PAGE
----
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In a casual conversation with my future mother-in-law this past week, she adamantly described Derrick Henry as “sexy.” Now, I’m no expert on the perceived attractiveness of 6-foot-3, 250-pound behemoth running backs, but I do know one thing: there’s only one. There’s only one Derrick Henry, and as he approaches a fantasy playoff schedule as easy as hiding a piece of Thanksgiving stuffing in Matt Patricia’s beard at the end of No-Shave November, we’re likely to see history repeat itself yet again. Remember, Henry averaged 24.2 half-PPR points in his final five games of 2019, which was only slightly better than the 23.1 points he averaged across the final five games of 2018. Historically, Henry is stretch-run hero — a fantasy playoff superman in a class all his own. Even if Henry hadn’t erupted for 37.5 half-PPR points in Week 12, he would likely enter the Week 13 rankings as the RB1 overall, as an upcoming matchup with the Browns is the only thing that stands between him and a remaining schedule against the Jaguars, Lions, Packers and Texans. No matter how your league is structured, those matchups scream league-winning upside, and there’s no doubt in my mind Henry will again have a high ownership percentage on championship rosters. But, since Henry did pop off in Week 12, let’s unpack it: 27 carries, 178 yards, three rushing touchdowns; two receptions (four targets), seven yards. All three of Henry’s rushing touchdowns came in first half, as he legitimately provided three healthy weeks of fantasy value in a single half. Now I understand the “sexy” part.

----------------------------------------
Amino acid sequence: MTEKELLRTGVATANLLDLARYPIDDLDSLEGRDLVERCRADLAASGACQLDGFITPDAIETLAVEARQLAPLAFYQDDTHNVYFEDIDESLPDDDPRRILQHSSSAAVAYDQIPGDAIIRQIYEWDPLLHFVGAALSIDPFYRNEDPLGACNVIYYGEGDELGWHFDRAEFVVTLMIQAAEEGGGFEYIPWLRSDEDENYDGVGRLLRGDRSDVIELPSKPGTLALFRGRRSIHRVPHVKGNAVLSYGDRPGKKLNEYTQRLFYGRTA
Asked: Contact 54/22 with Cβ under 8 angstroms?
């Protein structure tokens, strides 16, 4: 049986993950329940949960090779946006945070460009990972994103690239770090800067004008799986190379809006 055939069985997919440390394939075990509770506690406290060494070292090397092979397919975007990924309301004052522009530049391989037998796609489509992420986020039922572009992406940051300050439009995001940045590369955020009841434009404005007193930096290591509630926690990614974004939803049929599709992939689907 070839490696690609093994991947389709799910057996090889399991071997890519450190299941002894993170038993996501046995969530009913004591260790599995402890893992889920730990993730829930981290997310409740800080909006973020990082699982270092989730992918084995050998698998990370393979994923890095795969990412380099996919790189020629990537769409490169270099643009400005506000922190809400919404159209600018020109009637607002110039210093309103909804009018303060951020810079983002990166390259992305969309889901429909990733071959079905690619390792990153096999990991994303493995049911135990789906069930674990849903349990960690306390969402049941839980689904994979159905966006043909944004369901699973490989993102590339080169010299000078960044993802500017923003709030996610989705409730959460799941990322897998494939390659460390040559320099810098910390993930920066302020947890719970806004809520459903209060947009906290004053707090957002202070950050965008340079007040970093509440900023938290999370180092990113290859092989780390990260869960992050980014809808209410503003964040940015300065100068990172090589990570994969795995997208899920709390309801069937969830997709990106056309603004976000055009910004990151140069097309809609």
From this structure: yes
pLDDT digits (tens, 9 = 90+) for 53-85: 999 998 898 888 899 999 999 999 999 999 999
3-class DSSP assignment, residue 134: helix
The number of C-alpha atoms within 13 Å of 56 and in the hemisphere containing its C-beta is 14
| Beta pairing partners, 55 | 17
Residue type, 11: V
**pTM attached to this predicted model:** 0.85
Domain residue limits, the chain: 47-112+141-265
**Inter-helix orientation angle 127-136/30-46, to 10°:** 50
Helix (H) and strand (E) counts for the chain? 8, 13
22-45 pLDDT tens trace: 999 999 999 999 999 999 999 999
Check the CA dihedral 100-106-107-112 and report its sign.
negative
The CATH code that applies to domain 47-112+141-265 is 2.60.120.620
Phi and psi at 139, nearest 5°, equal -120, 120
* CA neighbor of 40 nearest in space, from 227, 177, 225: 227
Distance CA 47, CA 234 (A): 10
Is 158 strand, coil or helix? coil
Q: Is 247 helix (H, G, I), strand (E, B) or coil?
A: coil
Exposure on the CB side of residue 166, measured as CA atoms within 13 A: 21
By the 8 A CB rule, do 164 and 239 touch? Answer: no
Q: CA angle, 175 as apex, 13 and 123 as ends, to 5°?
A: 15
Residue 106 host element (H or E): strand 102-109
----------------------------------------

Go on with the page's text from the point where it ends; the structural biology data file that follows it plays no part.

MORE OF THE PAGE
While Henry is up to RB1 this week, there’s a lot of other movement on the top-60 list and, as always, an overwhelming amount of injury updates to digest. So, before we get to the rankings, let’s take a quick trip around the league.